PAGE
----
An object of the invention is to provide a polymer mortar composite pipe material that has several beneficial material properties over conventional Portland cement concrete (PCC) pipe and vitrified extra strength clay tile including high structural capacity, excellent acid resistance, and low density. Equally important is the fact that the material components of the polymer mortar composite formulation consist of recycled plastic and waste filler materials (rock quarry crusher fines, lime sludge or various coal combustion by-products). By using recycled, post-consumer waste polyethylene terephthalate (PET) instead of virgin plastic, which is petroleum derived material; use of a significant volume of crude oil can be reduced.

Another object of the invention is to provide a plunger-cast manufacturing method and system than can increase recycling through production of polymer mortar composite pipe using the composite material mixtures described herein.

Still another benefit of the invention derives from production of the polymer mortar pipe to provide a strong, lightweight, and durable pipe product for which there is currently tremendous need.

SUMMARY OF THE INVENTION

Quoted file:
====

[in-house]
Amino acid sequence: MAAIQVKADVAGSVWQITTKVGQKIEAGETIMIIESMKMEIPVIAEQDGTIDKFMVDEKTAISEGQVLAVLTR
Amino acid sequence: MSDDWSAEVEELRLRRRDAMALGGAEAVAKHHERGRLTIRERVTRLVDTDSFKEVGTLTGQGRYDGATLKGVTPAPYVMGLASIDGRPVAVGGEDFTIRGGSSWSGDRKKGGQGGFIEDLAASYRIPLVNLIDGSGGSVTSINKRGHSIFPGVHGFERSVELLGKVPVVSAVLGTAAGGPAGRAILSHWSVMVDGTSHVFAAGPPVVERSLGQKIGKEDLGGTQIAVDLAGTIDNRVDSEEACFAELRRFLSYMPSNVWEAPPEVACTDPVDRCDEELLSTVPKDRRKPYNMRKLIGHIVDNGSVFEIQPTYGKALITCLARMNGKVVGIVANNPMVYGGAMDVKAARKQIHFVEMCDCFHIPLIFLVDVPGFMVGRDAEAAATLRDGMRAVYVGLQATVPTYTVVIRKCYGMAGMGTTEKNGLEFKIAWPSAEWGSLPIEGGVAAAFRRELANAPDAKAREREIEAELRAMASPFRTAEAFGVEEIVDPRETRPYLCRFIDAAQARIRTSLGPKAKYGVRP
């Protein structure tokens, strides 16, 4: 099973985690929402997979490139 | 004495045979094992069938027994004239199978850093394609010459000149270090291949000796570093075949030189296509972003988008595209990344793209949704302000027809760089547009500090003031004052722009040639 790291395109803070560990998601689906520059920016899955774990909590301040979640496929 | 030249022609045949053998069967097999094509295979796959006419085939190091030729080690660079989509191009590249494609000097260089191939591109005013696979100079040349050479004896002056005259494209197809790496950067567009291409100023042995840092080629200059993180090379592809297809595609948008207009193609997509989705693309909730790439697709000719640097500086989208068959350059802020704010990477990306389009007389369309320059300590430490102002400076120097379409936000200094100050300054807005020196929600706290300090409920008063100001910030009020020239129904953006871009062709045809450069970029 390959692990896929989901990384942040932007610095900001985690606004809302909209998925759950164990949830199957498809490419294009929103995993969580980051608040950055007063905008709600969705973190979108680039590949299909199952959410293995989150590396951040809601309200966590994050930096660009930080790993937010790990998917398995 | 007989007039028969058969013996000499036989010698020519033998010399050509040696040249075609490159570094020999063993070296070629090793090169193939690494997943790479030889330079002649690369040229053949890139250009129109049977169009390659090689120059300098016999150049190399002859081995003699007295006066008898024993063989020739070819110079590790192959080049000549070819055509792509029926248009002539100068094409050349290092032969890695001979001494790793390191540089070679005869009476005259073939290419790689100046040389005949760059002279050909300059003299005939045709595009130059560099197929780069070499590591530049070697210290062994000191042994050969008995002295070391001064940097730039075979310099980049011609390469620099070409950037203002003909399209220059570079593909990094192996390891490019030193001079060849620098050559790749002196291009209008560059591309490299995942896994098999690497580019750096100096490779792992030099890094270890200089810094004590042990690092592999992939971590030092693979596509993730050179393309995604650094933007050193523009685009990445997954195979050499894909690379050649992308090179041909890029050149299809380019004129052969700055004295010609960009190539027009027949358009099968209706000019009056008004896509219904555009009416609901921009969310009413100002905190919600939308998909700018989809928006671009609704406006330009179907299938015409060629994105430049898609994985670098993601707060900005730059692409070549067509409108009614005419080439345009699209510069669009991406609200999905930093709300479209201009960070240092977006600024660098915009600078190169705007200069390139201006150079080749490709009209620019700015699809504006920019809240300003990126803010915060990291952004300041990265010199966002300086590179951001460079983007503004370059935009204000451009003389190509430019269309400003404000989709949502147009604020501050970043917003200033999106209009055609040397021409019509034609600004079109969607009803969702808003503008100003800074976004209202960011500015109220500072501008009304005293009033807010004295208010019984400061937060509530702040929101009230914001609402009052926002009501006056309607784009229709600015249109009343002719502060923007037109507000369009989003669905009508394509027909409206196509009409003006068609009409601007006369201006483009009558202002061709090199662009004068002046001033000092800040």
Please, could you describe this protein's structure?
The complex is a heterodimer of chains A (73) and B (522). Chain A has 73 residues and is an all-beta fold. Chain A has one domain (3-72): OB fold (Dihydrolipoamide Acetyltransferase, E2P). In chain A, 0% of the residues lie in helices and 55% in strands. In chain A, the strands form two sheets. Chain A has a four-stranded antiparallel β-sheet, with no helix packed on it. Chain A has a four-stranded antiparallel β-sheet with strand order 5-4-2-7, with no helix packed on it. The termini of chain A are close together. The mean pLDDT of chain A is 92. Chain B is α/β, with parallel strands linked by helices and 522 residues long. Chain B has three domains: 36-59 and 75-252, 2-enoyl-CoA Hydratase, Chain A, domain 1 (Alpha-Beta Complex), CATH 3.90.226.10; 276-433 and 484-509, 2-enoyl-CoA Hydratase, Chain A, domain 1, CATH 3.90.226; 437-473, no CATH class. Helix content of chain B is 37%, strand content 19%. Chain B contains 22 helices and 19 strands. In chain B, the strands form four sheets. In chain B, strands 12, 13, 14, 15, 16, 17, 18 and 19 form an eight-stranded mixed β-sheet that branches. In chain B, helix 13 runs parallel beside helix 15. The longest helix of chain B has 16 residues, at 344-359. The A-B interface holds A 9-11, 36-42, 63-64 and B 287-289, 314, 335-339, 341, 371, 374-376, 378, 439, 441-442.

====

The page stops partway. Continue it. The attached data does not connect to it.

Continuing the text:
The present invention provides a composite material and plunger-cast pipe manufacturing method and system wherein the composite material comprises waste, chemically unmodified PET material, one or more waste filler materials (e.g. rock crusher fines, lime sludge or waste coal combustion by-products), and fiber reinforcement (e.g. glass, metal, ceramic, carbon, organic, and polymer fibers). The PET material is melted and mixed with the other constituents in a container to disperse the waste filler material and the reinforcement fibers in the PET material. The resulting mixture can be formed into a tubular pipe shape using the plunger-cast manufacturing method and system pursuant to an embodiment of the invention wherein a piston and an inner collapsible mold thereon are pushed into the melted composite material contained in an outer mold. When cooled and solidified in the mold, a composite material having a matrix comprising PET with filler material and fiber reinforcement distributed in the matrix is formed in the shape of a tubular body. The plunger-cast pipe manufacturing method and system can be used with other materials as well and is not limited to the composite material described above.